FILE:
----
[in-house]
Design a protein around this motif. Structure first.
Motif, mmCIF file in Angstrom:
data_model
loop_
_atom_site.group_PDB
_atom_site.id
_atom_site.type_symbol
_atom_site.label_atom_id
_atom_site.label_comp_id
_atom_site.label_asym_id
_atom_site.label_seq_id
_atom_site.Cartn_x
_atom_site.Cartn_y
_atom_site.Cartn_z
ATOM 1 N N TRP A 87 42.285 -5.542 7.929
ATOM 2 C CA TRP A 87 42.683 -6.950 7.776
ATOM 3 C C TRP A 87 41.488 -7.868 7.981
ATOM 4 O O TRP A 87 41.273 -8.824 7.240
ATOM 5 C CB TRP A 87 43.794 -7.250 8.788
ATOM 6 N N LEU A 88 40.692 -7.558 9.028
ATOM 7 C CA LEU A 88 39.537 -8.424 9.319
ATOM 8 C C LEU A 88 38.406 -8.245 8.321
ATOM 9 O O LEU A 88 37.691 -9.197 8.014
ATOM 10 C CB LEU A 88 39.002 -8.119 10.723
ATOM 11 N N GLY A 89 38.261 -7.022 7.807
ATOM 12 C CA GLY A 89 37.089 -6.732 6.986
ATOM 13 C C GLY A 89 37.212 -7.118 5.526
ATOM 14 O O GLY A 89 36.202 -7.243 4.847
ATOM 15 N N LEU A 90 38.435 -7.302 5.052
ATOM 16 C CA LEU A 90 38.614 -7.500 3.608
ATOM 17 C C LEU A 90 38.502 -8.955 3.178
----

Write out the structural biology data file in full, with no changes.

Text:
[in-house]
Design a protein around this motif. Structure first.
Motif, mmCIF file in Angstrom:
data_model
loop_
_atom_site.group_PDB
_atom_site.id
_atom_site.type_symbol
_atom_site.label_atom_id
_atom_site.label_comp_id
_atom_site.label_asym_id
_atom_site.label_seq_id
_atom_site.Cartn_x
_atom_site.Cartn_y
_atom_site.Cartn_z
ATOM 1 N N TRP A 87 42.285 -5.542 7.929
ATOM 2 C CA TRP A 87 42.683 -6.950 7.776
ATOM 3 C C TRP A 87 41.488 -7.868 7.981
ATOM 4 O O TRP A 87 41.273 -8.824 7.240
ATOM 5 C CB TRP A 87 43.794 -7.250 8.788
ATOM 6 N N LEU A 88 40.692 -7.558 9.028
ATOM 7 C CA LEU A 88 39.537 -8.424 9.319
ATOM 8 C C LEU A 88 38.406 -8.245 8.321
ATOM 9 O O LEU A 88 37.691 -9.197 8.014
ATOM 10 C CB LEU A 88 39.002 -8.119 10.723
ATOM 11 N N GLY A 89 38.261 -7.022 7.807
ATOM 12 C CA GLY A 89 37.089 -6.732 6.986
ATOM 13 C C GLY A 89 37.212 -7.118 5.526
ATOM 14 O O GLY A 89 36.202 -7.243 4.847
ATOM 15 N N LEU A 90 38.435 -7.302 5.052
ATOM 16 C CA LEU A 90 38.614 -7.500 3.608
ATOM 17 C C LEU A 90 38.502 -8.955 3.178